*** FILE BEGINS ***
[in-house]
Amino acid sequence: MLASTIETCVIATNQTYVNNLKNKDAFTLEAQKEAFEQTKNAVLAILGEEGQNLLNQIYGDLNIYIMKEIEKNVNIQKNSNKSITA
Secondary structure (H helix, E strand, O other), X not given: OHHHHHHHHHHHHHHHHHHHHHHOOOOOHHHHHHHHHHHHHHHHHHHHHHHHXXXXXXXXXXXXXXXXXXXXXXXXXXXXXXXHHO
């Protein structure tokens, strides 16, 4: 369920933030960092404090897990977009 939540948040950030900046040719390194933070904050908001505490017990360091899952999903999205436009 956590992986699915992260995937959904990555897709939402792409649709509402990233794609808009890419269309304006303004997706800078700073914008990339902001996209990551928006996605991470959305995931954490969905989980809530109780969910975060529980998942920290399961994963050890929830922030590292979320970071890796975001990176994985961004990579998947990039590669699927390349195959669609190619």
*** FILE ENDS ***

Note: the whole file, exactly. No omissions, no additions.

[in-house]
Amino acid sequence: MLASTIETCVIATNQTYVNNLKNKDAFTLEAQKEAFEQTKNAVLAILGEEGQNLLNQIYGDLNIYIMKEIEKNVNIQKNSNKSITA
Secondary structure (H helix, E strand, O other), X not given: OHHHHHHHHHHHHHHHHHHHHHHOOOOOHHHHHHHHHHHHHHHHHHHHHHHHXXXXXXXXXXXXXXXXXXXXXXXXXXXXXXXHHO
């Protein structure tokens, strides 16, 4: 369920933030960092404090897990977009 939540948040950030900046040719390194933070904050908001505490017990360091899952999903999205436009 956590992986699915992260995937959904990555897709939402792409649709509402990233794609808009890419269309304006303004997706800078700073914008990339902001996209990551928006996605991470959305995931954490969905989980809530109780969910975060529980998942920290399961994963050890929830922030590292979320970071890796975001990176994985961004990579998947990039590669699927390349195959669609190619």